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1968Albert Einstein • Alfred Nobel • American Revolution • Ancient Greeceanimated filmArab • birth of civilization • cancer research • cave painting • cavemen • celebrating human achievement • creative inspirationcreativitydark ages • development of writing • dynamite • early humans • Ernest Hemingway • Euclid • Great Pyramids at Giza • Greek achievements • hand-drawn animationhistory of ideashuman civilizationinvention of the wheelinventiveness • James Bonner • Jesse Greenstein • Leonardo da VincilibertyLouis PasteurLudwig van Beethovenman • mathematical discovery • Mayo Simon • Michelangelo • nature of creativity • nature of justice • organised labour • origin of the universe • Paul Saltman • pioneering mathematicsprogress narratives • pursuit of happiness • religion • Renato Dulbecco • Saul Bassscience historyscientific progressThomas EdisonvignetteWestern culture • Why Man Creates (1968) • zero

CONTRIBUTOR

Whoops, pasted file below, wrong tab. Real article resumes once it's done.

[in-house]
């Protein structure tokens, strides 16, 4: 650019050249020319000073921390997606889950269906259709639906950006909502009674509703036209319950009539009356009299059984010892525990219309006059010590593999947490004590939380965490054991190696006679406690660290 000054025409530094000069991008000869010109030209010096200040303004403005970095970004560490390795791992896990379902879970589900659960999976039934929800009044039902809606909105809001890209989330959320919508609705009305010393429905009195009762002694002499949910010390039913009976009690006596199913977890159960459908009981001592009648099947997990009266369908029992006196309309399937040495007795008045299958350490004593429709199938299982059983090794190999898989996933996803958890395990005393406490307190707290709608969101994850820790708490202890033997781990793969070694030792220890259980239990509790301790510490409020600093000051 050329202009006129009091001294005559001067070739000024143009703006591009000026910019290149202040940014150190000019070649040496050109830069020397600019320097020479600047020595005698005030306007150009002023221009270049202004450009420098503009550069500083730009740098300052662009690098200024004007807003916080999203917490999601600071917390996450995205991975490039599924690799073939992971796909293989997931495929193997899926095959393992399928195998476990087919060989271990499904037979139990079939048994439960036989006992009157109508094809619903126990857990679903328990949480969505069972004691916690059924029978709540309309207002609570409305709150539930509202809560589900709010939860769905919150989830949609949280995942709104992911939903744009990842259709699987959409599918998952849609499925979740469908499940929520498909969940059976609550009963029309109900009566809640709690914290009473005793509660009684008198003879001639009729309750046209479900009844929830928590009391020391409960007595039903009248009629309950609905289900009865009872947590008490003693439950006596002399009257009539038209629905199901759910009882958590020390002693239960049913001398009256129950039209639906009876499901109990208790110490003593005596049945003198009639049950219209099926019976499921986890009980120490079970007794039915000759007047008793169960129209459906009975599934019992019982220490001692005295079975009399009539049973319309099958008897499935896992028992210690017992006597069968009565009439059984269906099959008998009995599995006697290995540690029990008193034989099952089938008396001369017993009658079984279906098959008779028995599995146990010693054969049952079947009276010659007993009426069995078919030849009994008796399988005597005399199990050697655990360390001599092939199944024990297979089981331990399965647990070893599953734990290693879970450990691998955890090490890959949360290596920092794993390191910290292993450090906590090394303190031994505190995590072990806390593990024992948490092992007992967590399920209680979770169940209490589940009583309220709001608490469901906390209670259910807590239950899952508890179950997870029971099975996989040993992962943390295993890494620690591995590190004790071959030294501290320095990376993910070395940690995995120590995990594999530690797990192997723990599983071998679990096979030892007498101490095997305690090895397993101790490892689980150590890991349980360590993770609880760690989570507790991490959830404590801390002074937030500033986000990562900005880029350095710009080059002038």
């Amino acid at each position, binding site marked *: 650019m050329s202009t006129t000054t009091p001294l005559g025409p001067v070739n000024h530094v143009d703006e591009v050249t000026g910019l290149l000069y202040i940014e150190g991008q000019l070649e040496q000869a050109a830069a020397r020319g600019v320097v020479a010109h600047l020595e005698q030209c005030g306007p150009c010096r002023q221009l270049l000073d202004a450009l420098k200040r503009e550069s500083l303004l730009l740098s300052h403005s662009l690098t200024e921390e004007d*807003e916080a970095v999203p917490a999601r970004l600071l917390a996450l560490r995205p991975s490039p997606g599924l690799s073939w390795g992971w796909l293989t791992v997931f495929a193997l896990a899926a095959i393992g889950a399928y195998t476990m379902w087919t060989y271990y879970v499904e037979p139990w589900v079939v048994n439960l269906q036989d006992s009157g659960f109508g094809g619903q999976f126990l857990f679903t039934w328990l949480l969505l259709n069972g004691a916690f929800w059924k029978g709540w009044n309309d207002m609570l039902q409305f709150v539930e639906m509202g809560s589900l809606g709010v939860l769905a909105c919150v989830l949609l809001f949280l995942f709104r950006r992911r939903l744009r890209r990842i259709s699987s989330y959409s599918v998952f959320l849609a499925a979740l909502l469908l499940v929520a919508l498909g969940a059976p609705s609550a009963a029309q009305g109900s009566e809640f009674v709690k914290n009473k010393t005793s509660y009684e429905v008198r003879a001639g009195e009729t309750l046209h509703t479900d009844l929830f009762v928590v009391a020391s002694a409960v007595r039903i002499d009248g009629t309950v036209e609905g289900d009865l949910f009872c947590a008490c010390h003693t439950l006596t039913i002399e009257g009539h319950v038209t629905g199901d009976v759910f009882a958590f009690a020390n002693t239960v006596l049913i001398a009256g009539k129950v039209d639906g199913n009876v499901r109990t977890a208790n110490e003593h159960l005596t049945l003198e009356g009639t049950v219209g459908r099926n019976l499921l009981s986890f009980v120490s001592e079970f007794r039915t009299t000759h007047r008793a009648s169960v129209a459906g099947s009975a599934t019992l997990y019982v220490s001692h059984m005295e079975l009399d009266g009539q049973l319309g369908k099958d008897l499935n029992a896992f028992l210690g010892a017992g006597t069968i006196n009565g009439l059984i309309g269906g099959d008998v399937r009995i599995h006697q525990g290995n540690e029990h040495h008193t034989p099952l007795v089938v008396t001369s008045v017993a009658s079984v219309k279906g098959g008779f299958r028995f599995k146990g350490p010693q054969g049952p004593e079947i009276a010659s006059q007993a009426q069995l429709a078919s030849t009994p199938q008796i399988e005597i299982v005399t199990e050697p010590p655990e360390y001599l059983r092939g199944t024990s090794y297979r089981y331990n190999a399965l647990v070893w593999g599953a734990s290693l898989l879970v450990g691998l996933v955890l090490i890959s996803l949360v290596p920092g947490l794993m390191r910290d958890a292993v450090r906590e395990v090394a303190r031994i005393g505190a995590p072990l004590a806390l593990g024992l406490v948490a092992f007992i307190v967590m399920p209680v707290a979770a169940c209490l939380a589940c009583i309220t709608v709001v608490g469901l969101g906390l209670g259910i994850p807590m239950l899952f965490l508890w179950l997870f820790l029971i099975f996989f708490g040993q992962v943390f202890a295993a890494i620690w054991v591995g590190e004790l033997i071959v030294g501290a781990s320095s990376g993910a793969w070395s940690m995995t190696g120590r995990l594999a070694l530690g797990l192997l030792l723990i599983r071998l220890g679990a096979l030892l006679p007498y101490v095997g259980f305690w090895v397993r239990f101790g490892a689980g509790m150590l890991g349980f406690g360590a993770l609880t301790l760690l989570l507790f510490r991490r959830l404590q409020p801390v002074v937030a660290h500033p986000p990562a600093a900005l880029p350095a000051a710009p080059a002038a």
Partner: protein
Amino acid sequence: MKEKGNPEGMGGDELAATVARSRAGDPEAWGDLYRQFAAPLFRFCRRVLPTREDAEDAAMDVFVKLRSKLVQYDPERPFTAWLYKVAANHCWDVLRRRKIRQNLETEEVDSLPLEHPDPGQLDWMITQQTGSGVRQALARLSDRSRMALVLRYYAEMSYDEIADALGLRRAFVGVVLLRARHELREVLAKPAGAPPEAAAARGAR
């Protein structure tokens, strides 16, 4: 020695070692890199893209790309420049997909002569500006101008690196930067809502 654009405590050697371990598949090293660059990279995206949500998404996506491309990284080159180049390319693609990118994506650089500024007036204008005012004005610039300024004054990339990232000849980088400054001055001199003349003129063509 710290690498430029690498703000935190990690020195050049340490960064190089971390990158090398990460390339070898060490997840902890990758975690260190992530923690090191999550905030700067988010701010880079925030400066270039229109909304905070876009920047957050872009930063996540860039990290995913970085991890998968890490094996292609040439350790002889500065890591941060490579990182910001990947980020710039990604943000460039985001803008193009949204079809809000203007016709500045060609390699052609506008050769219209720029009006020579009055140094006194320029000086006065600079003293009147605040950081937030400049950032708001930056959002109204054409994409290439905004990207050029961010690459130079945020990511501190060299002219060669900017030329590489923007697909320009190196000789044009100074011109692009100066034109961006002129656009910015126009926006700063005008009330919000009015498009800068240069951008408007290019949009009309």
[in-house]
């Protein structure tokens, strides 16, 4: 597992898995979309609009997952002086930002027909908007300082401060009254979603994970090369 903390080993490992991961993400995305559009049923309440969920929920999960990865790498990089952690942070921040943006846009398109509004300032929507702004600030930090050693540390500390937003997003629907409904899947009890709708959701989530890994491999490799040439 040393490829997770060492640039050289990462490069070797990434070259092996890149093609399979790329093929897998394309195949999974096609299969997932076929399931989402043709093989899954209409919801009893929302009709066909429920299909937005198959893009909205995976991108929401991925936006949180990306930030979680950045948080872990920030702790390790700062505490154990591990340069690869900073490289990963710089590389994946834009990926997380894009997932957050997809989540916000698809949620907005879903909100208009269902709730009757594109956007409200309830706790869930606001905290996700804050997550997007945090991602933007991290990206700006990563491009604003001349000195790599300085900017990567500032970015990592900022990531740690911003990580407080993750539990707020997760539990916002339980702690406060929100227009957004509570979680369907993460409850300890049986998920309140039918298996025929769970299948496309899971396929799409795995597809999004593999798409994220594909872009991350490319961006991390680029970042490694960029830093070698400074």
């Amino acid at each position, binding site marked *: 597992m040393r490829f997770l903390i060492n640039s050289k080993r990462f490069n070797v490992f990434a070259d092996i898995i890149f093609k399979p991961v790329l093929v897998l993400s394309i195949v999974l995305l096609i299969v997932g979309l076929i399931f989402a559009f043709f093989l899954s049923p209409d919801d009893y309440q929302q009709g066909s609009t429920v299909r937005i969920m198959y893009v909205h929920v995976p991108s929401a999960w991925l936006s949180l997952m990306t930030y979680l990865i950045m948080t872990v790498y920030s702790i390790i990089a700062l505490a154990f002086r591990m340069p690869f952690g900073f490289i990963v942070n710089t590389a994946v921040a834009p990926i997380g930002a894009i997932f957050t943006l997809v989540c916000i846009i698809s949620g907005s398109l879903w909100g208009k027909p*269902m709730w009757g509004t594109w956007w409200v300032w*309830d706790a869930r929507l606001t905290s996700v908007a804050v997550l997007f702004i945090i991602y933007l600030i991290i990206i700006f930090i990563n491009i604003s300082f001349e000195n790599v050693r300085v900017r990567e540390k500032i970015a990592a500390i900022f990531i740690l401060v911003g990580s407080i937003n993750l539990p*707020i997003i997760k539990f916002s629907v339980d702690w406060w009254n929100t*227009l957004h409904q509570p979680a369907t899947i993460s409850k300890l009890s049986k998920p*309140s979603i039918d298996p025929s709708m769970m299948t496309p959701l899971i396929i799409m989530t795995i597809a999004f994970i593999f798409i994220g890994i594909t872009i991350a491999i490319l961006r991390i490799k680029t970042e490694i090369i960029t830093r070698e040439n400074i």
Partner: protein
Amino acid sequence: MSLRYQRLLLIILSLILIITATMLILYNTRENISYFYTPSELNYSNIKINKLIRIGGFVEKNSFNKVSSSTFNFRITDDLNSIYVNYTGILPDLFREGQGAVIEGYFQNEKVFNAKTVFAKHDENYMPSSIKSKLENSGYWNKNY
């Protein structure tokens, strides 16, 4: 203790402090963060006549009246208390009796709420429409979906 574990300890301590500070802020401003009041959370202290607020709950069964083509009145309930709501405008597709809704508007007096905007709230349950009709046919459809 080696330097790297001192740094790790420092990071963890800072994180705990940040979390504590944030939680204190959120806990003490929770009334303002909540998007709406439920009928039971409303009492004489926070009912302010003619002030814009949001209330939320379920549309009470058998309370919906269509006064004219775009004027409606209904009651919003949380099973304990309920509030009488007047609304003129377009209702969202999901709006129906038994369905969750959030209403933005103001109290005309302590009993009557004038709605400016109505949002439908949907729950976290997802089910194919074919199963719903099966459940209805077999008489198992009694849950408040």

Simon Perkins
04 OCTOBER 2013

Filippo Brunelleschi's (re)discovery of Linear Perspective

"When Brunelleschi (re)discovered linear prespective circa 1420, Florentine painters and sculptors became obsessed with it, especially after detailed instructions were published in a painting manual written by a fellow Florentine, Leon Battista Alberti, in 1435. John Berger, an art historian, notes that the convention of perspective fits within Renaissance Humanism because 'it structured all images of reality to address a single spectator who, unlike God, could only be in one place at a time.' In other words, linear perspective eliminates the multiple viewpoints that we see in medieval art, and creates an illusion of space from a single, fixed viewpoint. This suggests a renewed focus on the individual viewer, and we know that individualism is an important part of the Humanism of the Renaissance."